TensorFlow came out today, and like the rest of the ML world, I buried myself with it. I have never been more excited about a new open source code. There are actionable tutorials etc. on the home page that’s worth checking out, but I wanted to know if this was yet another computational graph framework — we already have Theano and CGT (CGT is fast; Theano is most popular).
There’s a detailed white paper outlining TensorFlow, which I highly recommend reading, but summarizing items that caught my eye.
- Apache 2.0 license. Well done Google!
- Google quality code, and reasonably good docs for day 0
- Out of the box multiple device and distributed execution
- Fancy placement algorithms for multi-node scheduling
- Autograds (like Theano and Torch), but possibly faster (need to profile that yet).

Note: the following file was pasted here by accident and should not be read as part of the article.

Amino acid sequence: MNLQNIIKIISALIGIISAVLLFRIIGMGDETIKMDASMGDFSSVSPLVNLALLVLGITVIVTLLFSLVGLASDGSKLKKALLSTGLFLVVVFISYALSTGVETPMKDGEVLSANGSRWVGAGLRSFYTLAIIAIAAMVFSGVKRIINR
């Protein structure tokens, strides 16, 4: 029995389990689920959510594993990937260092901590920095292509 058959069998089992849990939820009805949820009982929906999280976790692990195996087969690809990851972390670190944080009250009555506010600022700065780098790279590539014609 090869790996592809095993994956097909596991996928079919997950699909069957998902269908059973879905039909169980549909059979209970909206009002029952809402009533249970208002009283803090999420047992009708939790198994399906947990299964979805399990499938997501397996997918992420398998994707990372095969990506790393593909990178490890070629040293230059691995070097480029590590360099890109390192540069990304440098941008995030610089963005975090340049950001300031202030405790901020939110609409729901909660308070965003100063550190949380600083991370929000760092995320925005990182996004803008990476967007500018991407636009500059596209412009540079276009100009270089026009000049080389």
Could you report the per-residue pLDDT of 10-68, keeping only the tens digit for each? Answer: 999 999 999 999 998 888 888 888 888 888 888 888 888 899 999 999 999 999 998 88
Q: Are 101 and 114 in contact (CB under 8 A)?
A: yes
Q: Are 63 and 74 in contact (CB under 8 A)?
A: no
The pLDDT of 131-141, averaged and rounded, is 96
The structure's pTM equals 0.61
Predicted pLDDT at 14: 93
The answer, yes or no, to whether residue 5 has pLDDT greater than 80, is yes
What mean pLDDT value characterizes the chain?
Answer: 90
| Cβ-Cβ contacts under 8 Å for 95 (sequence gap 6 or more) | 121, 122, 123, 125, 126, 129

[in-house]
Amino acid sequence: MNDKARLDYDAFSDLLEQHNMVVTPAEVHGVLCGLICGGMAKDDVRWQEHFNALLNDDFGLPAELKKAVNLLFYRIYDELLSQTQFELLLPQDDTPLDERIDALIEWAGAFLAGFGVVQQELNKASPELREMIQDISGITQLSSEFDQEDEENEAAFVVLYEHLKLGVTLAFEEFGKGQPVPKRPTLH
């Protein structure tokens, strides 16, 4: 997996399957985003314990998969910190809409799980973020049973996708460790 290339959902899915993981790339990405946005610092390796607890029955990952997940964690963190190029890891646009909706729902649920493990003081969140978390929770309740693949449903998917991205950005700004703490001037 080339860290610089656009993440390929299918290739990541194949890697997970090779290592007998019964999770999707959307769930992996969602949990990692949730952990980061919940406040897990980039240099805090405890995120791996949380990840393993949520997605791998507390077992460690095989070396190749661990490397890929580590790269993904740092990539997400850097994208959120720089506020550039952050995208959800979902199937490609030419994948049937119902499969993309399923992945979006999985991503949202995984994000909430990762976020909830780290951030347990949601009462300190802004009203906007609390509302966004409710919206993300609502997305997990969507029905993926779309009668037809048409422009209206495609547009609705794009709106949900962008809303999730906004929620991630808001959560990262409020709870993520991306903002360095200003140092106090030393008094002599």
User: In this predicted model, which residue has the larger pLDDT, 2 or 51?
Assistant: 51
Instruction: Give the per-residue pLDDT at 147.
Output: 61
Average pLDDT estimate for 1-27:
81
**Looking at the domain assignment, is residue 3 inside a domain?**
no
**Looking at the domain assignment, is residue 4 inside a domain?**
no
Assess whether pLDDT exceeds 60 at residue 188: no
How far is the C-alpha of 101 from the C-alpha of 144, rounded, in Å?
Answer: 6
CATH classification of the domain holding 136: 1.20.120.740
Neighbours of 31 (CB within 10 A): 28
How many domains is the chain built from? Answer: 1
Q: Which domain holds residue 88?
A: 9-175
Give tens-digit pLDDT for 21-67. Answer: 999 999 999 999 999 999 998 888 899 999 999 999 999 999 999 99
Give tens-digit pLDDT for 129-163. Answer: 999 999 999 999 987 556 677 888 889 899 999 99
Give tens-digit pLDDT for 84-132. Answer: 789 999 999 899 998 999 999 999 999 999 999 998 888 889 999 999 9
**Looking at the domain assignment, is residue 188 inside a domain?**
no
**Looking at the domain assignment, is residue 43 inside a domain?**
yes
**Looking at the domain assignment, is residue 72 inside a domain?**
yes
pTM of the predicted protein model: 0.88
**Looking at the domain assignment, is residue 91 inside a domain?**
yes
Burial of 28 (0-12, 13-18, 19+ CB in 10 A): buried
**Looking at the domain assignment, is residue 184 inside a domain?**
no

- Fault tolerance & checkpointing (ability to resume interrupted execution)
- Finer grained control on concurrency
- Support for multiple devices (mobile to GPU arrays) and multiple language interop
- Fancypants optimizations of the computational graph
The end result of these efforts resulted in a 6-fold speed improvement in training time over DistBelief
- TensorBoard tool to visualize computation graphs and monitor network parameters during training. This is indispensable. During most of my DL work for clients, I have spent a lot of time instrumenting existing code to get the monitoring stats. This by itself feels like a major boon.
This is a lot from a single release. If you were using Theano, upgrading to TensorFlow should feel like moving from a Honda Civic to a Ferrari. What excites me most is, all this work improves not only DL but also most other ML algorithms that can be implemented atop of TensorFlow. I’m getting back to playing with mine.
PS: Seriously, read the white paper. A great read by itself. This paper also provides great advice on porting ML platforms.